‘Politically speaking’ by Paula Sherriff, MP for Dewsbury and Mirfield

ON TUESDAY EVENING I chaired a public meeting on the reconfiguration of services at Dewsbury Hospital at Dewsbury Town Hall to discuss both these and future changes as it is vitally important that the public are kept fully informed about their local health services.

With final approval now granted by Mid Yorkshire Hospitals Trust and North Kirklees CCG, the initial changes to maternity, children’s services and acute surgery will take place over the weekend of September 16.

I remain incredibly concerned about patient safety across the Mid Yorkshire Hospital Trust.

Having held numerous meetings and taken part in debates in Parliament to bring these issues to the attention of the Secretary of State for Health, Jeremy Hunt, I am extremely disappointed that no action has been taken and that these downgrades are still going ahead.

Already, the changes from next month at Dewsbury District Hospital will leave the whole of Kirklees without consultant-led maternity services and expectant mothers will have to travel outside the borough if they want the reassurance of knowing that a consultant will be available if required during childbirth.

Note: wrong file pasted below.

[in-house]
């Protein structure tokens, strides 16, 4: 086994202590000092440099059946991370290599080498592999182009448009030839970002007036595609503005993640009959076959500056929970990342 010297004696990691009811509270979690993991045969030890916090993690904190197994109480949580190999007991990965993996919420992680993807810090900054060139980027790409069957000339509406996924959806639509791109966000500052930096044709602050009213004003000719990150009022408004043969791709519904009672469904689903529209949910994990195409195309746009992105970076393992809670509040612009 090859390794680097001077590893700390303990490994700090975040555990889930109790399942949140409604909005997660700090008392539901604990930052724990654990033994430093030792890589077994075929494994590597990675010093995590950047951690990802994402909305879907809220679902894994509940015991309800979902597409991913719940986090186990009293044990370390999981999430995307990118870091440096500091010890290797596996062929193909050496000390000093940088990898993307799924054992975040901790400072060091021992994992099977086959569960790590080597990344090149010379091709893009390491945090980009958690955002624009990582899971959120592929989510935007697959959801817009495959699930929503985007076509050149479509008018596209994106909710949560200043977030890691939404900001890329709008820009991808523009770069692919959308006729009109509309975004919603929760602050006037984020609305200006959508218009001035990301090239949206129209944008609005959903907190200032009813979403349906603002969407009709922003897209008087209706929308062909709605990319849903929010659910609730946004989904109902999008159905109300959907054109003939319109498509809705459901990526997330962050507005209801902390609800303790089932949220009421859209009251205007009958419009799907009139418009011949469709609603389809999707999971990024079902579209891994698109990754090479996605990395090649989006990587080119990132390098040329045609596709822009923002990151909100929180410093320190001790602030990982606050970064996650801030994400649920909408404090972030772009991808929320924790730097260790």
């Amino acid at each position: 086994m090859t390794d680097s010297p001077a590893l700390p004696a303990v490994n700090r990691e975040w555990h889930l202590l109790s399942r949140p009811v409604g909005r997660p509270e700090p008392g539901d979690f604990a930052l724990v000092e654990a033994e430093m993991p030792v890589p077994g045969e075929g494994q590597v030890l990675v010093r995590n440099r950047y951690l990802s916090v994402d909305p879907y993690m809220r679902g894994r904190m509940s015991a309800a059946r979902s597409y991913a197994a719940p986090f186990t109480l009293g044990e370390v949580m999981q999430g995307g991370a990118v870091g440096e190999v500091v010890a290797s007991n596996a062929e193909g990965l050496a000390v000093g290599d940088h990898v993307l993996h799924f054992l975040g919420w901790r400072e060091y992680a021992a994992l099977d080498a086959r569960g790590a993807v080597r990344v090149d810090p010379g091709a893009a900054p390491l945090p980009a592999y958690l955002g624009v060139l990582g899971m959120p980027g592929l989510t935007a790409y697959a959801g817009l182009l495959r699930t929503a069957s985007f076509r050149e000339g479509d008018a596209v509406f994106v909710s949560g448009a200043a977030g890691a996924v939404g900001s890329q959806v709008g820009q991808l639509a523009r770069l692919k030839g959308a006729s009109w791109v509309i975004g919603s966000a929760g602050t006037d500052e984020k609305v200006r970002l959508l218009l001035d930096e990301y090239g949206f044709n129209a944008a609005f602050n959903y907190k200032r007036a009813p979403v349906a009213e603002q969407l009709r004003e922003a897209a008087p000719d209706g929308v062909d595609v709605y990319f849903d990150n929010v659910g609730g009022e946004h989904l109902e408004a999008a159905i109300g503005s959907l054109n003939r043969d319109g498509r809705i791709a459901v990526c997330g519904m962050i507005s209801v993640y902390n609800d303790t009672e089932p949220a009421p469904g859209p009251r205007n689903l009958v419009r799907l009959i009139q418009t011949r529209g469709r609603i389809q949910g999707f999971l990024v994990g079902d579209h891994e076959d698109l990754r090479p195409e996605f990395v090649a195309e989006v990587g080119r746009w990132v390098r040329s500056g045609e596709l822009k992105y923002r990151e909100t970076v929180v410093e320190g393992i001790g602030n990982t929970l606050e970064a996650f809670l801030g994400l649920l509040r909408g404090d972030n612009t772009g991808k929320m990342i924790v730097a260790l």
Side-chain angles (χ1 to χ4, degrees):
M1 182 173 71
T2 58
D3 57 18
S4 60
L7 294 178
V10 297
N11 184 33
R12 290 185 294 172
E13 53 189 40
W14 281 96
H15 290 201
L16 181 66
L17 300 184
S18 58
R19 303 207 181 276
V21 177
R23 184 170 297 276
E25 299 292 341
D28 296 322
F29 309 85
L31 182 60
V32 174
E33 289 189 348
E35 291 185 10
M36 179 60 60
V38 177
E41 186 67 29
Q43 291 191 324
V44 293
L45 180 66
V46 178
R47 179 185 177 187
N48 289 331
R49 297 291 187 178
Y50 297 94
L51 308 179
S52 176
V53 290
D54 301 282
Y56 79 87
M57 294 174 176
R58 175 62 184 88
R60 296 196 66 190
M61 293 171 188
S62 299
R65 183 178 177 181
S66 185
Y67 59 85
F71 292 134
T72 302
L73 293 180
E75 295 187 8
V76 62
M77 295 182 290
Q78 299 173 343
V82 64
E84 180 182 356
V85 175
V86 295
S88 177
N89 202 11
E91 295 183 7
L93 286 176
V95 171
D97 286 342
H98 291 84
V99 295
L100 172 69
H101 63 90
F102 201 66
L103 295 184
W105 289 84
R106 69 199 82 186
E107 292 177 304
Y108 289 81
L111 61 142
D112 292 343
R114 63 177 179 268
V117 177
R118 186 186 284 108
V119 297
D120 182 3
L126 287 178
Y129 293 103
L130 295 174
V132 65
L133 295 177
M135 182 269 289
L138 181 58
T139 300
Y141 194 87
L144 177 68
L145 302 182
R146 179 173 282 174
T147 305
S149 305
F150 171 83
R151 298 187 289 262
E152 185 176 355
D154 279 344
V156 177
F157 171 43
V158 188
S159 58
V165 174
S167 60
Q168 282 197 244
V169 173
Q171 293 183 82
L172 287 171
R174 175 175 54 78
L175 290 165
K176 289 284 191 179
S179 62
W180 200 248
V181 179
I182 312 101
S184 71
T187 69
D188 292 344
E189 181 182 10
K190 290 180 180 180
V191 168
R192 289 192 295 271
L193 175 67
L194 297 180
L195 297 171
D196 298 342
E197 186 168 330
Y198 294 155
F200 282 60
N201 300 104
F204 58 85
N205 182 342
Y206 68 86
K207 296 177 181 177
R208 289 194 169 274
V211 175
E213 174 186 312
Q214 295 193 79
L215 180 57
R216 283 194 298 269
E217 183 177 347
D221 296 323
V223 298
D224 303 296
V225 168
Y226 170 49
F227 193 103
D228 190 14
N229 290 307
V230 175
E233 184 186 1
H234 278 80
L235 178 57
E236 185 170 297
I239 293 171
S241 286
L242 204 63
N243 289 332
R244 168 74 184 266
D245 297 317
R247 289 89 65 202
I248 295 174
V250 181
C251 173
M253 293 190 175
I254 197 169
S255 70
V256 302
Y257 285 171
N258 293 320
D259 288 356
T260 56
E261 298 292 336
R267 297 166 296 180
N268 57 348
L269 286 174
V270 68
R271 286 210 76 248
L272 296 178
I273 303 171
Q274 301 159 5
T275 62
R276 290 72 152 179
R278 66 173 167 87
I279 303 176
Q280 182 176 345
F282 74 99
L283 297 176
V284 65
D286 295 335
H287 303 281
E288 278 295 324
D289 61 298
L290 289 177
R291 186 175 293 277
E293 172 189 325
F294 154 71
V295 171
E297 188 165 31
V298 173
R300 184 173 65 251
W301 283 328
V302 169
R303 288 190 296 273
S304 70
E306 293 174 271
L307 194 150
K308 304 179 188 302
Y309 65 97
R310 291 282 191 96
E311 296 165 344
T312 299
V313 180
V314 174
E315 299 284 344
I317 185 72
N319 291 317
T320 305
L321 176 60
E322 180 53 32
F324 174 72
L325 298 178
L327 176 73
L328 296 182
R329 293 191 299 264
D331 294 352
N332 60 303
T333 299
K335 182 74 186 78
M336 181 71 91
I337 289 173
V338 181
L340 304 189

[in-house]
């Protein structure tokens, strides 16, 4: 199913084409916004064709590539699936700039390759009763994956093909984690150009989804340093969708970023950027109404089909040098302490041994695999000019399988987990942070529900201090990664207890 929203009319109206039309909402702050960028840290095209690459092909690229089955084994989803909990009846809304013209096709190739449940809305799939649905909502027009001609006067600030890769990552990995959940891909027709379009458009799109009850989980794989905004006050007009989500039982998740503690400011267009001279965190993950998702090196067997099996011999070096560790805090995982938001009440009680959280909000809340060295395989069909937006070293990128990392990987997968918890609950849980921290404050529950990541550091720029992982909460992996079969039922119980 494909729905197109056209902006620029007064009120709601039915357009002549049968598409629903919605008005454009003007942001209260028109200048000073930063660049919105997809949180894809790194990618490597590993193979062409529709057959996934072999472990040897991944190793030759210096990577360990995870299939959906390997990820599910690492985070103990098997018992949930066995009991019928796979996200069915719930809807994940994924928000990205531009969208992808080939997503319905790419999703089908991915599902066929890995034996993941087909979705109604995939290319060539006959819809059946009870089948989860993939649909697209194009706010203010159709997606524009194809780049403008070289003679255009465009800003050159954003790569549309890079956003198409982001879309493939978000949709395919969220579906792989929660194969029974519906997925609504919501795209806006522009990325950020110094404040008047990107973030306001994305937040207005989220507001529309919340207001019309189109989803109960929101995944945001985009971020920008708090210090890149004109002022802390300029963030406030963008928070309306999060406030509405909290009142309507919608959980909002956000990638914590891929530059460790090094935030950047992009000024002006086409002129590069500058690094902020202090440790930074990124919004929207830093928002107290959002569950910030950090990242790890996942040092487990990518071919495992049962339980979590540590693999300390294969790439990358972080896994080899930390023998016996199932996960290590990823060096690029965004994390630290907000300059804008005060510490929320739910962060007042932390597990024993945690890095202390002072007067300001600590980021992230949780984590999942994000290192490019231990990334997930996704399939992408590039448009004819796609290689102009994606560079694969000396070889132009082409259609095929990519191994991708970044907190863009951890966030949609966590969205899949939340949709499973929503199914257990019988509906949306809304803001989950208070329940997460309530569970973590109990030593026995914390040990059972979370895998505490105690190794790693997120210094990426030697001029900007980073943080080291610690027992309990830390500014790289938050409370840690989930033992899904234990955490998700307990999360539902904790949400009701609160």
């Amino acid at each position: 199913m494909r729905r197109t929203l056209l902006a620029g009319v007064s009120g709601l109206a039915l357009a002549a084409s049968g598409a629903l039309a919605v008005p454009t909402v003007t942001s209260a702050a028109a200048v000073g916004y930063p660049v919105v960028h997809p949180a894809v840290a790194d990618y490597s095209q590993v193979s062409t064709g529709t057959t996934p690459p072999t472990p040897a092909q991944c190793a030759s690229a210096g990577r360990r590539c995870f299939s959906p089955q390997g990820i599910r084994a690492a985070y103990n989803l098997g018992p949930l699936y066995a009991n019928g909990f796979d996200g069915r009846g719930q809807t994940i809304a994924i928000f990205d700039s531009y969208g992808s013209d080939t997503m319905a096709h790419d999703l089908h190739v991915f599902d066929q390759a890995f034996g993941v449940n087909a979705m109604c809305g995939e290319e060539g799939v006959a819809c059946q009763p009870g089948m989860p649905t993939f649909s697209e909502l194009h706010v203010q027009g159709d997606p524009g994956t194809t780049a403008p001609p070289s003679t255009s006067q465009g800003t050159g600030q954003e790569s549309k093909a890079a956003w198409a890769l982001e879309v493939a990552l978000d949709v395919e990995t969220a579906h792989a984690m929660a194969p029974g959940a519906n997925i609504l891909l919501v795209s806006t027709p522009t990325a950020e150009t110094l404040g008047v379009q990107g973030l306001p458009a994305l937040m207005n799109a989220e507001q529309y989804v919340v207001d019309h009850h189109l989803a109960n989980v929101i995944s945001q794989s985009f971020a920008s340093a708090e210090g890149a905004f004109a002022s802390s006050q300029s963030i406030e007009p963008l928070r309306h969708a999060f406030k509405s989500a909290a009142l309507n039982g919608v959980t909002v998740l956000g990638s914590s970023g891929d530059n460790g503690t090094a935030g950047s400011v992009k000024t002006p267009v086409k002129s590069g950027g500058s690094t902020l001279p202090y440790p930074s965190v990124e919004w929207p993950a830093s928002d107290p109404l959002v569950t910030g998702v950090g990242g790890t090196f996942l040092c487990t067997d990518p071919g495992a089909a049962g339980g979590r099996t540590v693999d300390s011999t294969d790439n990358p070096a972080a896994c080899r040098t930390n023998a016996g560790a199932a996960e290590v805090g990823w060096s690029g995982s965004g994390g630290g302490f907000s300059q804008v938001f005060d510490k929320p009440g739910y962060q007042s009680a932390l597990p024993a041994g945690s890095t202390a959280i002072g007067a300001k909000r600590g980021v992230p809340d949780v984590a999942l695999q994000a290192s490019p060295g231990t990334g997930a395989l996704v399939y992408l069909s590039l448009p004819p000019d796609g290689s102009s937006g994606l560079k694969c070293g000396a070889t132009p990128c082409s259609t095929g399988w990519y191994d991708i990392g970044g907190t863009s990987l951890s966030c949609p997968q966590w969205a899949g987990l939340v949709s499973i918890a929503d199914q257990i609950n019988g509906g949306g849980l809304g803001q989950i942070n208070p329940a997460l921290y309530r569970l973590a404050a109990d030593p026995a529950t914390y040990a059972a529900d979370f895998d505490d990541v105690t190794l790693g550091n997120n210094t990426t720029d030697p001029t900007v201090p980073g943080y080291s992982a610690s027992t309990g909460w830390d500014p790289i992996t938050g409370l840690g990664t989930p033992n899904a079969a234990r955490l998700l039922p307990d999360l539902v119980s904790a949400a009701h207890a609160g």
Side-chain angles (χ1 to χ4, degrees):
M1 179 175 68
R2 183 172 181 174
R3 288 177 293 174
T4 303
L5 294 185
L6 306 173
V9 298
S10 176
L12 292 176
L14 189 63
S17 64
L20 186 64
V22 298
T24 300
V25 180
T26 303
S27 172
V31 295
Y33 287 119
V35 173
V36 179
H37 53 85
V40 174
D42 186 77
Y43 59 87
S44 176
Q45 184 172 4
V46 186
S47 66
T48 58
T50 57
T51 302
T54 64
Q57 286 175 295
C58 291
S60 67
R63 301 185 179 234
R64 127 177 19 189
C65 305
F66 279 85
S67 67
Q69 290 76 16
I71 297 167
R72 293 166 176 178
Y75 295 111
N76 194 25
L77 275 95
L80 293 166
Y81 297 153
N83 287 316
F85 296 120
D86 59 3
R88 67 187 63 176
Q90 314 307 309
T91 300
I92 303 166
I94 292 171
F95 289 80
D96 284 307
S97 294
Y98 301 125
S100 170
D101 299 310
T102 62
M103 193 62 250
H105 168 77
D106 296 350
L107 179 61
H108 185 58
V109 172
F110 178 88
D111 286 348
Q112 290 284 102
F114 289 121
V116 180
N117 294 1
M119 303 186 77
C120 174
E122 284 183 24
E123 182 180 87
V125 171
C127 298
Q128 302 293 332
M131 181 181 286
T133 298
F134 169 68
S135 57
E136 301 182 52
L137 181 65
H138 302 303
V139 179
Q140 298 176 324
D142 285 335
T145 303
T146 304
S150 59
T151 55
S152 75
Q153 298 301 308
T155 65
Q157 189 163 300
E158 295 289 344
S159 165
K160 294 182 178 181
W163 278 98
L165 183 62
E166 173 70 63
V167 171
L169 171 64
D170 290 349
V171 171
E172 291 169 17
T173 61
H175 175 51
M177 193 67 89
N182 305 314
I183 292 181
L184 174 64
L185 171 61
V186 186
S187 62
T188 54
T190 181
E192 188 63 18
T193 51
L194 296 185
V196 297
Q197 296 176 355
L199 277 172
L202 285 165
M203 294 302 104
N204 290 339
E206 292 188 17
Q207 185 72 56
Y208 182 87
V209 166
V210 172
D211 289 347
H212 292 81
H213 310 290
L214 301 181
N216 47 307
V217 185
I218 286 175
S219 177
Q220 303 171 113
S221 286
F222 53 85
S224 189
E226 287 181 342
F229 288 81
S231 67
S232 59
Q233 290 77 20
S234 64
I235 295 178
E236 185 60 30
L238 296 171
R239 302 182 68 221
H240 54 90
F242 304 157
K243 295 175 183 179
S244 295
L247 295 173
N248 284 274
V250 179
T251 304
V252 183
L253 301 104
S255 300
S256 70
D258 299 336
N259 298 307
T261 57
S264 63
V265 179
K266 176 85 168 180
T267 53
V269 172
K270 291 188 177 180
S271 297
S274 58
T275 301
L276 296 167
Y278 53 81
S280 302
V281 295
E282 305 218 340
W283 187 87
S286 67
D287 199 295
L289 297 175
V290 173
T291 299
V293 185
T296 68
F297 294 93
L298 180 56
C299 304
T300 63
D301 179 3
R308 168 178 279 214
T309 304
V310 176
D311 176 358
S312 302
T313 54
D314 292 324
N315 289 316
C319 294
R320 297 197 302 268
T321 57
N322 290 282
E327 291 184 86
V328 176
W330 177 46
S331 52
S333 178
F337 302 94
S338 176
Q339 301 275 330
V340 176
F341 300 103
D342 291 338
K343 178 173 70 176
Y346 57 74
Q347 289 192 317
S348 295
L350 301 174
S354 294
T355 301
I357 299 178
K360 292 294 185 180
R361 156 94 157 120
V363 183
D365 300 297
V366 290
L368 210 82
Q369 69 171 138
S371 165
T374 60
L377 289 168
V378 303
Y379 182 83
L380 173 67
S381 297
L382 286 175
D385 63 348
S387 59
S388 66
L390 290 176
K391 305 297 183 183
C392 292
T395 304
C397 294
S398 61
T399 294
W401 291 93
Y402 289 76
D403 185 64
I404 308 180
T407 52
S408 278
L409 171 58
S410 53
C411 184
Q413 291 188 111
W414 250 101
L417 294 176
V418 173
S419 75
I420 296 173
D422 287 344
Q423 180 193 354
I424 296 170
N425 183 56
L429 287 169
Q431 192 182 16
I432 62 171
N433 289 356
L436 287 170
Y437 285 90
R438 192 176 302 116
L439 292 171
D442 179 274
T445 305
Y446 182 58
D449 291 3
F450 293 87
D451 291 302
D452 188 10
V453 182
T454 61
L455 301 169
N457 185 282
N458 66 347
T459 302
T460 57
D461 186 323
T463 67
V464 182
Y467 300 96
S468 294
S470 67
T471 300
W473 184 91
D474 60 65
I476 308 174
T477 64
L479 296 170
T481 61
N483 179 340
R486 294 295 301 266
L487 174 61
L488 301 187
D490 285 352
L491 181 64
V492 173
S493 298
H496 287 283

A midwife-led unit does not even offer the option for an epidural, which is often vital pain relief for mothers-to-be.

With parallel proposals to downgrade services at Huddersfield Royal Infirmary, the Greater Huddersfield Clinical Commissioning Group is due to report on this on October 20.

I will continue to scrutinise and monitor the Trust and the CCGs and also to press for more joint working across the Kirklees footprint.

It is important to note that this is all happening against a backdrop of budget cuts and pressures from central government.

The Mid Yorkshire Hospitals Trust faces budget cuts of £26m this financial year – its hospitals are facing well-documented staffing problems.

Yet the Government seems to be blind to the problems faced by our NHS.

Nationally, Jeremy Hunt is pressing on with his push for a “truly seven-day NHS”.

Yet, as we’ve seen from leaked documents this week, the Government’s own civil servants have been warning of the dangers of putting increasing responsibilities on an overstretched service without realistic resources and staffing to meet these demands.

Responding to the news of the leaked papers this week, one former Tory Health Minister, Dr Dan Poulter MP, who is also an NHS doctor described this as, “a warning of the dangers of putting soundbites ahead of properly costed and resourced plans for our NHS.”

The key elements of this certainly appear to echo the local picture – reduced funding and a shortage of staffing.

When even his colleagues are voicing public concerns, perhaps Mr Hunt might finally take note?


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